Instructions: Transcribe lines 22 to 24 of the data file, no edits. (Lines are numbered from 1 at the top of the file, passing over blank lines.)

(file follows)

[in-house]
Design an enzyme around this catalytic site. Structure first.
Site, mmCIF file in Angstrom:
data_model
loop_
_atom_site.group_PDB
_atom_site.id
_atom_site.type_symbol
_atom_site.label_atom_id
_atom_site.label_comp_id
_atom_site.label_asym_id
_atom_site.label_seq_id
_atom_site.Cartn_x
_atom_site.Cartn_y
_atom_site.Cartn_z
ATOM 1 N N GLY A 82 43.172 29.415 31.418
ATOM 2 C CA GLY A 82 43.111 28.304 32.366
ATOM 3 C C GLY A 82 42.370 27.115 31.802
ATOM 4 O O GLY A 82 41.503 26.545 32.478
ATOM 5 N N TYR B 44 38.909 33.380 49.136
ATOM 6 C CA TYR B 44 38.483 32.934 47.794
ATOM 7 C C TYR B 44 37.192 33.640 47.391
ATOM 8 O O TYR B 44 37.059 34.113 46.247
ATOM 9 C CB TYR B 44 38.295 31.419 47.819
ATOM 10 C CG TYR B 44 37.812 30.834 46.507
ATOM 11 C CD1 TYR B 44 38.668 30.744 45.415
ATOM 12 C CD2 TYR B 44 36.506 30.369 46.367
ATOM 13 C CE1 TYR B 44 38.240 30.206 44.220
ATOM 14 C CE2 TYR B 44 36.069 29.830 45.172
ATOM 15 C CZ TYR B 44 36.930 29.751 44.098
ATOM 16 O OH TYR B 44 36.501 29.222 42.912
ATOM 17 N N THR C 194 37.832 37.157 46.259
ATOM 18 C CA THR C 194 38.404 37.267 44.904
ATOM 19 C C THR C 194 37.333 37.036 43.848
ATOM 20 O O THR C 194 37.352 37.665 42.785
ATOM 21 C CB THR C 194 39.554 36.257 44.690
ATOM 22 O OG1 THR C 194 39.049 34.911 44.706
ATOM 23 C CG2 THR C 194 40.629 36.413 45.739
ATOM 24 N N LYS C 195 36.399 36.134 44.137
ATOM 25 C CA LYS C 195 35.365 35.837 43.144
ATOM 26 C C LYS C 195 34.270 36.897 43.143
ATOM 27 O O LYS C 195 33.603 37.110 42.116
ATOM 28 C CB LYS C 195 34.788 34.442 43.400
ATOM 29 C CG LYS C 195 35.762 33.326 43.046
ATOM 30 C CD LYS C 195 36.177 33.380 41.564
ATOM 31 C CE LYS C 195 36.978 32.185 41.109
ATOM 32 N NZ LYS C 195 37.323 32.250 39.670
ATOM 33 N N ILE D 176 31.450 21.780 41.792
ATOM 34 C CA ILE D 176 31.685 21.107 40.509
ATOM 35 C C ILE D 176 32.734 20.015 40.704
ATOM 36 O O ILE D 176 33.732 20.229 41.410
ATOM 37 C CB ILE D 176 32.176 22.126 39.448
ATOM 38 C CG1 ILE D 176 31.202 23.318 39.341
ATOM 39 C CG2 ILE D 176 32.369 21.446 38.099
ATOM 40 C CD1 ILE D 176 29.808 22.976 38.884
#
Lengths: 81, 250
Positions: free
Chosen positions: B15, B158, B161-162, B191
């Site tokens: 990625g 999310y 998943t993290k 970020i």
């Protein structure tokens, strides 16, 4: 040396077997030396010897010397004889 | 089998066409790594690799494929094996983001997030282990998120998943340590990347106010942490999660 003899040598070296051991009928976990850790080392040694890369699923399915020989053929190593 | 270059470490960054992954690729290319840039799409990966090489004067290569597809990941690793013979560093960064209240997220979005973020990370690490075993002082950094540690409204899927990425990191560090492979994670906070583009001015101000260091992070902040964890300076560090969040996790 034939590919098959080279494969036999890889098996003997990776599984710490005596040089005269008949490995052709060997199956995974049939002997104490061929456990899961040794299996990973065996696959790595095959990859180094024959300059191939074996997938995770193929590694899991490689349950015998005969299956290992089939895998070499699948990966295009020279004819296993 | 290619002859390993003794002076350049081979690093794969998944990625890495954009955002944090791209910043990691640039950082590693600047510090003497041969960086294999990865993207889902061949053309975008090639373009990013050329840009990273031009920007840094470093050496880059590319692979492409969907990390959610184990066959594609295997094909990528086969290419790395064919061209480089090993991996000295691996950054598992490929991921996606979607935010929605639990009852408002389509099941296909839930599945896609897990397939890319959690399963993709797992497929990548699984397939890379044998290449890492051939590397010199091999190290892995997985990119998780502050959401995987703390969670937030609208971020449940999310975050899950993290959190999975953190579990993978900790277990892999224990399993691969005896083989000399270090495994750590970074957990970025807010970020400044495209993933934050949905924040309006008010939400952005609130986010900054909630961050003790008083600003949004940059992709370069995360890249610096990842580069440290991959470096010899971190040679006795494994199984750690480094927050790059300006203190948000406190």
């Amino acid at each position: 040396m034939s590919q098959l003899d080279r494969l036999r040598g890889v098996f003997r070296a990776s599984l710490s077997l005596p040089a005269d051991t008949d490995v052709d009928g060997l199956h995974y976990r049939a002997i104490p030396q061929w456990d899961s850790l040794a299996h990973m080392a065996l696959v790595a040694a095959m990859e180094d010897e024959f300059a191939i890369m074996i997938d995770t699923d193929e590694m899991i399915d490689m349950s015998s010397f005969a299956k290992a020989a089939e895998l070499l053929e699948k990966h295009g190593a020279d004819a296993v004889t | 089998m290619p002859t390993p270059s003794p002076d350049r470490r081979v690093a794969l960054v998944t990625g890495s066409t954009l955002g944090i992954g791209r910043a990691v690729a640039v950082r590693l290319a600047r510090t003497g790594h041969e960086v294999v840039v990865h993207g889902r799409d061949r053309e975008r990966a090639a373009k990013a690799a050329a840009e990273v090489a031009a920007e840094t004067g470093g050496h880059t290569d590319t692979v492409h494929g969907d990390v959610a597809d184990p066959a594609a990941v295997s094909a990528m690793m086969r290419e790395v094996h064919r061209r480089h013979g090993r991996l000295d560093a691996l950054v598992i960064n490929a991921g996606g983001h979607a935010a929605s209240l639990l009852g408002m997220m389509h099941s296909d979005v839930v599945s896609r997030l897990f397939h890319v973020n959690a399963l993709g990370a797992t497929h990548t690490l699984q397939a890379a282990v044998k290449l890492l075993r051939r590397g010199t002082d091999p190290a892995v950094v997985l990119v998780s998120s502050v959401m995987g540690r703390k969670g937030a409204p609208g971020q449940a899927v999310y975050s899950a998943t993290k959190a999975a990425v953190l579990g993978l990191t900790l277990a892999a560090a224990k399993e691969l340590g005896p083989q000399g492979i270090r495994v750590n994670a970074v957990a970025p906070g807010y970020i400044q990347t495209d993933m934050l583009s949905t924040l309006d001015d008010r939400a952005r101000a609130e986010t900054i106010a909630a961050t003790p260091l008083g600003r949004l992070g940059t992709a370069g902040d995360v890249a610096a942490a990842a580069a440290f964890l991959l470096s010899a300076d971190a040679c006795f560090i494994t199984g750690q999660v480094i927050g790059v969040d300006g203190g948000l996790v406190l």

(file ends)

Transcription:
ATOM 7 C C TYR B 44 37.192 33.640 47.391
ATOM 8 O O TYR B 44 37.059 34.113 46.247
ATOM 9 C CB TYR B 44 38.295 31.419 47.819